There was a hurricane. And the New York City Marathon was cancelled less than 48 hours before it was slated to begin.
We arrived in NYC last Friday, went straight to the expo, and as soon as I made it through the line for my shirt, bib, and chip it became very apparent that the marathon was not going to happen. Though hardly a person in the Convention Center actually knew at the time, ABC, NBC, and MSNBC were reporting that Mayor Bloomberg had just announced that the marathon would no longer be held due to becoming a divisive hotbed of a topic in a city that needed nothing more than to be unified for recovery.
I saw some tweets, received a phone call that confirmed the rumor, and seconds later received texts from many west coast friends extending hugs and consolations. Dammit. In a fog, we stayed at the expo for a little while watching all of the innocent knowledge-less runners shop in an amped up state that only a pending marathon can induce. As we left it became apparent that news had truly broken. People were gathered around lobby tv’s with banners – NEW YORK CITY MARATHON CANCELLED – scrolling along the bottom. The scene was dream-like. Everyone was quiet and stood there without words. We all exchanged glances and were instant friends; we were going to go through this together, as runners. One man cried. Another who we talked to was positive but quite disappointed; he was going to propose to his soon-to-be-fiance at the finish line.
We left, went to the hotel, and decided we’d salvage a good vacation out of the weekend.
Was I upset? Yes. Disappointed? Immensely.
But the truth was, in the end, I only felt partially emotional about running that marathon to begin with. I had registered as a product of qualification, but after a long dramatic season full of changed plans and injury, when it came time to ramp up my mileage I was too emotionally spent to pour my heart into training like it deserved. Or like I deserved. I checked every box and made every day count, but I wasn’t waking up or going to sleep excited and I didn’t like myself very much for feeling that way. In the two weeks leading up to the race I had started to get more excited about the raw experience of running the five boroughs of screaming crazy spectators. I was anxious to see the sights. I anticipated feeling the hurt and looked forward to it, and I hoped it would inspire me. But my excitement and anticipation was nothing in comparison to the people who trained all year – or for the last four – for this one single day. So I felt sad, but I felt exponentially more sad for them.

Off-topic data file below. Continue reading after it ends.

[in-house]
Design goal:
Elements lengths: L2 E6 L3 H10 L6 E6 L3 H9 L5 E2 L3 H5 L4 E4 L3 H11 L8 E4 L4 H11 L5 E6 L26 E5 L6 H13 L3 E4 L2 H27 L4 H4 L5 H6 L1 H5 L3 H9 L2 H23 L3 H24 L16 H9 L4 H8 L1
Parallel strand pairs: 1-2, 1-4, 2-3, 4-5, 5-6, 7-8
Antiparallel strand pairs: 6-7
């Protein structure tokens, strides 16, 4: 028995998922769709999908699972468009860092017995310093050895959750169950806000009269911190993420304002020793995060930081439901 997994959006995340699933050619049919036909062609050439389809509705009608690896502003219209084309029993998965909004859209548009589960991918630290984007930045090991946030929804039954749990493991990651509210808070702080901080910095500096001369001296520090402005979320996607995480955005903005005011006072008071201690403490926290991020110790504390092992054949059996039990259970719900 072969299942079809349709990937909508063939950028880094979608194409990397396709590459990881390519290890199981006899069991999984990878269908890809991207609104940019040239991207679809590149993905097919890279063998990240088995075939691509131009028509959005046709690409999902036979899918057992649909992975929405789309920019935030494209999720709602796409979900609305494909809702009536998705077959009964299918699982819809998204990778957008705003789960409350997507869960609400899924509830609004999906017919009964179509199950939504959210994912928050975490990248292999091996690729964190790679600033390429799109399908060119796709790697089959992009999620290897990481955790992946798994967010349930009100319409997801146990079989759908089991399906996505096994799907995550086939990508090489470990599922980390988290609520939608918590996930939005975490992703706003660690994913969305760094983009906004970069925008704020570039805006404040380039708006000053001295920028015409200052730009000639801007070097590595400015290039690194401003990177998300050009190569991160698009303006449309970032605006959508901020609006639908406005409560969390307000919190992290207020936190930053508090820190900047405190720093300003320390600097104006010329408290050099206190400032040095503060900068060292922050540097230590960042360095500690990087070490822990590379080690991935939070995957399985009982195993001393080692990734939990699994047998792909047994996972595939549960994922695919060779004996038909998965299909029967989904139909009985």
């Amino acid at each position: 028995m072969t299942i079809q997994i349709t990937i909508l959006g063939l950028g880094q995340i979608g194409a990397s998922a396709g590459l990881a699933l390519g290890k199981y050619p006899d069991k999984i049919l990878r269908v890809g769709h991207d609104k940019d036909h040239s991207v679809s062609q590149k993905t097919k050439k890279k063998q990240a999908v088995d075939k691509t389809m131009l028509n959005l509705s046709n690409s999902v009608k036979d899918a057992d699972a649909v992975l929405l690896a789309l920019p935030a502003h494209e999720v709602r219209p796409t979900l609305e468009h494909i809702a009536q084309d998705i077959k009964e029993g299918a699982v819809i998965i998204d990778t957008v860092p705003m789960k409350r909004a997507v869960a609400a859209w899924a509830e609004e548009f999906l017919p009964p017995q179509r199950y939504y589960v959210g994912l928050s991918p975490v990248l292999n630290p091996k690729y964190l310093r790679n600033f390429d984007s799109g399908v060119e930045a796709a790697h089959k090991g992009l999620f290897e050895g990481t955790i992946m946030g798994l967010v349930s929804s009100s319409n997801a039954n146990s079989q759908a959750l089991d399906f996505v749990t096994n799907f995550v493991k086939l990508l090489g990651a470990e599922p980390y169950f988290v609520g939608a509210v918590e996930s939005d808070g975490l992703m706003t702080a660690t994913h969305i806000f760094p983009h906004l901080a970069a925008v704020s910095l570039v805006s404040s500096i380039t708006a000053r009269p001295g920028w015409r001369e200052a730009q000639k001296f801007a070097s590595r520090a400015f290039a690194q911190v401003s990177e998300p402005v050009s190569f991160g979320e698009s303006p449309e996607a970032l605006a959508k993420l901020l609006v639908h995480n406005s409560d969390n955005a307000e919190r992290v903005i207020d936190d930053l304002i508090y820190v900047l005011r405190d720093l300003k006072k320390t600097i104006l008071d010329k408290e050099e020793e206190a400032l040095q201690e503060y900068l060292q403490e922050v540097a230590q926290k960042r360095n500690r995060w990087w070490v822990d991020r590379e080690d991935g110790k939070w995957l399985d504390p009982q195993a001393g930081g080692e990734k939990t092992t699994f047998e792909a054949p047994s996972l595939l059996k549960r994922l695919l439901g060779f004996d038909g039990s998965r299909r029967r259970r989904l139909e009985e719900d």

If this had happened to Ironman Canada I would have been inconsolable. I would have been absolutely and completely wrecked. For me a marathon was a fun way to close out a season, but to most other runners it meant so much more than that. My first marathon wasn’t that long ago and I remember the meticulous effort, planning, and emotional investment. Six days later I still feel a loss for those runners much more than I do for myself.
On Marathon morning we walked to Central Park, mostly because I wanted to see it in its beautiful autumn state, but also because we had heard rumors about a newly organized run happening on the outer loop. When we arrived it was quite a sight to see. There were groups cheering lining the entire south end of the loop, makeshift water stations set up by caring individuals, and a few thousand runners were participating in a newly formed marathon. Many of the runners were proudly wearing their NYCM bibs. People were running for their country, their charity, Sandy victims, and because they trained for this damn thing and wanted to finish what they started. It was an overwhelming show of the human spirit.
Standing there watching I didn’t want to leave. I regretted not treating Saturday like Marathon Eve to wake up early and participate in this 8am marathon. Part of me even thought about heading back to the hotel to change so that I could run an afternoon 26.2 with the runners who were still “on course”. A significant part of me still wishes I had done any of those things. But I didn’t for many reasons and starting my offseason then and there on Friday at 5pm in NYC was the right thing to do for my body. For my heart? I’m not sure yet.